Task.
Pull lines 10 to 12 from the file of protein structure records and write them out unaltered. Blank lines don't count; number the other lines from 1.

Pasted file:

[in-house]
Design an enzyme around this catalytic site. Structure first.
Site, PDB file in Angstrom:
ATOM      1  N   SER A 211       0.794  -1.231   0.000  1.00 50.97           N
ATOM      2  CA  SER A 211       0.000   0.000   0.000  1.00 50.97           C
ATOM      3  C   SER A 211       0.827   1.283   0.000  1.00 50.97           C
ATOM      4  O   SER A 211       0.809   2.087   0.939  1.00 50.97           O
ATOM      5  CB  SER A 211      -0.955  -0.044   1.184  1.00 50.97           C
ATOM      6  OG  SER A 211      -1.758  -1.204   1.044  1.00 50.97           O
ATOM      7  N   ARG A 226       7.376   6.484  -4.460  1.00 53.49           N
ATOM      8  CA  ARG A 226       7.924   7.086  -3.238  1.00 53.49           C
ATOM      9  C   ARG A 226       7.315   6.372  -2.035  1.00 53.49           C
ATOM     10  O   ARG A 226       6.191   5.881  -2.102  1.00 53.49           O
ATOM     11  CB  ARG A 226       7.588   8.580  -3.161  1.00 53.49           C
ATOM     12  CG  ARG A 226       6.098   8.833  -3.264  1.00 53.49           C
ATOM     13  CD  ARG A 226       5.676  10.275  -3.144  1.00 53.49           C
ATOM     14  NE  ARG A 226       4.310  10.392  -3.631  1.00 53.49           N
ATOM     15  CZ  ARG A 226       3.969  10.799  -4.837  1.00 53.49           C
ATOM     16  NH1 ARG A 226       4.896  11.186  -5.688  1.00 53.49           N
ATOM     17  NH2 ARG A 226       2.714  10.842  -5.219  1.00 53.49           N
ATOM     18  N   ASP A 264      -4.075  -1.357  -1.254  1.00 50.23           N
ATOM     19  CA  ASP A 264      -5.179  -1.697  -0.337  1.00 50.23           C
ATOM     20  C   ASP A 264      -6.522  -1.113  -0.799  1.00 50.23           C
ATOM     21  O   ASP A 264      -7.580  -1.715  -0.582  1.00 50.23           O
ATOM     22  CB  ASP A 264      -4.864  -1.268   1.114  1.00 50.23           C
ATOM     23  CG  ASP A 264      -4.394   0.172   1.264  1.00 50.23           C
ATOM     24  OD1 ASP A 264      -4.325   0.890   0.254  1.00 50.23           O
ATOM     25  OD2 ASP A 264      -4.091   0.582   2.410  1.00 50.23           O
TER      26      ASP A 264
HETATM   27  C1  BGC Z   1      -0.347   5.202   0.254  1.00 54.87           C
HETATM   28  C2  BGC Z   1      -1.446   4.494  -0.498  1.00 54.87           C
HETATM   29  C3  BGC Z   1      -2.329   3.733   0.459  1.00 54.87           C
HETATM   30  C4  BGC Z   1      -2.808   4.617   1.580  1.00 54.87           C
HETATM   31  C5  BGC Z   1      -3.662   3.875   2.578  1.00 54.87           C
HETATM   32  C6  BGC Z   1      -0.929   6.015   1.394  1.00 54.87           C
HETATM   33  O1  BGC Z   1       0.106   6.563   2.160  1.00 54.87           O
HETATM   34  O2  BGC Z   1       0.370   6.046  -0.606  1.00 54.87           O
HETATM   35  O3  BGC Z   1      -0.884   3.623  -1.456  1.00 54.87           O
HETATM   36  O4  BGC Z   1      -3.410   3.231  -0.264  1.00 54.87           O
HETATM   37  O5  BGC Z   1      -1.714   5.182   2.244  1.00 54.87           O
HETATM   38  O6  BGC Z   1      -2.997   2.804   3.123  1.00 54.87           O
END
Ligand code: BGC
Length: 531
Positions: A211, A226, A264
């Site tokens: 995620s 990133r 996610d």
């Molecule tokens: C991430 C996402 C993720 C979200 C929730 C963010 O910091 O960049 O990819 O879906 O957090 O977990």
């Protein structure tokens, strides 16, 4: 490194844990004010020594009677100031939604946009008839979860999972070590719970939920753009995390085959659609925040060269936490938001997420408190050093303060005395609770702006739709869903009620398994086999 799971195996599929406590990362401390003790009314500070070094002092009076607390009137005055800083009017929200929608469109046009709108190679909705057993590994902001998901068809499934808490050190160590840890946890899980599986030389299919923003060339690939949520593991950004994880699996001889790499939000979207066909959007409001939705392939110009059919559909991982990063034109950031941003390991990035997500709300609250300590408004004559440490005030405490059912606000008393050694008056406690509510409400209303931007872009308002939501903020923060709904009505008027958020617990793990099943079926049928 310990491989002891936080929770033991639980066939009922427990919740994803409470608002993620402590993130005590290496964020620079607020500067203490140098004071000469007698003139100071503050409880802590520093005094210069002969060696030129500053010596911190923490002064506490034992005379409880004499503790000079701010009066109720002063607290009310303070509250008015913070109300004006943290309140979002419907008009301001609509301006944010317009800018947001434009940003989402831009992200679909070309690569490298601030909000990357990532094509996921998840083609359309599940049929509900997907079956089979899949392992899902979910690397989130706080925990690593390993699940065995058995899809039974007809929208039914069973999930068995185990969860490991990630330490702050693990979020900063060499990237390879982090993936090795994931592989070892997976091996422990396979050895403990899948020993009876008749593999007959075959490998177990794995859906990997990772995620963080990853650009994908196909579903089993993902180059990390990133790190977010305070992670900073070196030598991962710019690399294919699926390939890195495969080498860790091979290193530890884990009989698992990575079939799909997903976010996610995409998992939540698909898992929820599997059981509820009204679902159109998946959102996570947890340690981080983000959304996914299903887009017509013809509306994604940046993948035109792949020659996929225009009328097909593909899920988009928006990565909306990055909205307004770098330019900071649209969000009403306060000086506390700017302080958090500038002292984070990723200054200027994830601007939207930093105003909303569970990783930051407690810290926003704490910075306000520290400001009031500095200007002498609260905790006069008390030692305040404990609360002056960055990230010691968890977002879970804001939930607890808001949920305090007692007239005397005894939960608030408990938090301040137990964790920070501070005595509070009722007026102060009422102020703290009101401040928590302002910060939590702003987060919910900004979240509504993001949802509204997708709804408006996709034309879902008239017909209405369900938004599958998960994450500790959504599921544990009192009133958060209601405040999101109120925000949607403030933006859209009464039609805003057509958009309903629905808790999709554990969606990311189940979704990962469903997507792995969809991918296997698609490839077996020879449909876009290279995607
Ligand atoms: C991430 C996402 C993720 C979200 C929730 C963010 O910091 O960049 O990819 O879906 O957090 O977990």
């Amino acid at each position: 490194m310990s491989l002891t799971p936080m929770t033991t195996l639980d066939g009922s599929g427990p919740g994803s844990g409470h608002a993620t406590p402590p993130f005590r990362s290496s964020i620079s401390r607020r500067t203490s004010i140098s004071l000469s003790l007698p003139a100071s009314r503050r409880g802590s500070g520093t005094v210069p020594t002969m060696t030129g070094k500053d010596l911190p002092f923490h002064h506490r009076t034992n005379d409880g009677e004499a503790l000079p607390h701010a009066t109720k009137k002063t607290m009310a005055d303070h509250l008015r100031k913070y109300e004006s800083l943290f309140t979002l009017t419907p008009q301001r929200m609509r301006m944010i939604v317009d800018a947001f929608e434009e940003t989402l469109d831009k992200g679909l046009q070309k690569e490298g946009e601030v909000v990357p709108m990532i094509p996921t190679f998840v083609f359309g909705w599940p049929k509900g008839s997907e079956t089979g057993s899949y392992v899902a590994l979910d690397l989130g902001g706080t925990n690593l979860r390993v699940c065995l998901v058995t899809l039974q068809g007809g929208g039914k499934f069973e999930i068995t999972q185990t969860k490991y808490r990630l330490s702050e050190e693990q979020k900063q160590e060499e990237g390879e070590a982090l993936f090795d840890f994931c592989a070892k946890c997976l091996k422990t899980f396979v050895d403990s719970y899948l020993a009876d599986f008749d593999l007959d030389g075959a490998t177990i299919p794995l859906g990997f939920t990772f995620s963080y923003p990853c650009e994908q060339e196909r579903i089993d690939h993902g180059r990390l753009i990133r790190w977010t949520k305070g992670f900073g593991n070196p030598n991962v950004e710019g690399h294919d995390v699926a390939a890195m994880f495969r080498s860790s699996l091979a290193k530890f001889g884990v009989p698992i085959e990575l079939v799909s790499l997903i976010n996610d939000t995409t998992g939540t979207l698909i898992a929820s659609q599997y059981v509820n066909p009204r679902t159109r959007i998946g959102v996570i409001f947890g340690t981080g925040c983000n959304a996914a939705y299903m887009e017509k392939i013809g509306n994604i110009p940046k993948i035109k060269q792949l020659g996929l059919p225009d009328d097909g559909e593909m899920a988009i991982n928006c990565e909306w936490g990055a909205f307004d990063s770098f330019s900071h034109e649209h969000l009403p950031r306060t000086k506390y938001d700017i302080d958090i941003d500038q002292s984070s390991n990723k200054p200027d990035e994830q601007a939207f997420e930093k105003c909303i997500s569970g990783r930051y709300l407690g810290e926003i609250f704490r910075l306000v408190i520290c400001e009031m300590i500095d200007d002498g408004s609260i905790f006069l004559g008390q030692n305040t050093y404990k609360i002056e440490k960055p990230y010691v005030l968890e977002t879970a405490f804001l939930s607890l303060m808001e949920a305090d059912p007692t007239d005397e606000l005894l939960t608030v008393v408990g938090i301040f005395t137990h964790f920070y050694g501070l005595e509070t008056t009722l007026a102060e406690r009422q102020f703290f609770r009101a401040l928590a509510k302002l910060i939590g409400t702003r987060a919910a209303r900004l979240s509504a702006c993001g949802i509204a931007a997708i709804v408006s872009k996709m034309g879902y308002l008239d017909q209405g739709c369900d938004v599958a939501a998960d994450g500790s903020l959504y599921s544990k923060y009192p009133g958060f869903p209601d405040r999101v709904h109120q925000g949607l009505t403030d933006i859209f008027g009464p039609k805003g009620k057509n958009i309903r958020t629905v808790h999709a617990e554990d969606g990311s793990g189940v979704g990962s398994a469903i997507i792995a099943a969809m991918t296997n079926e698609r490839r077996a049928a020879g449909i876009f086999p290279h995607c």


ATOM      7  N   ARG A 226       7.376   6.484  -4.460  1.00 53.49           N
ATOM      8  CA  ARG A 226       7.924   7.086  -3.238  1.00 53.49           C
ATOM      9  C   ARG A 226       7.315   6.372  -2.035  1.00 53.49           C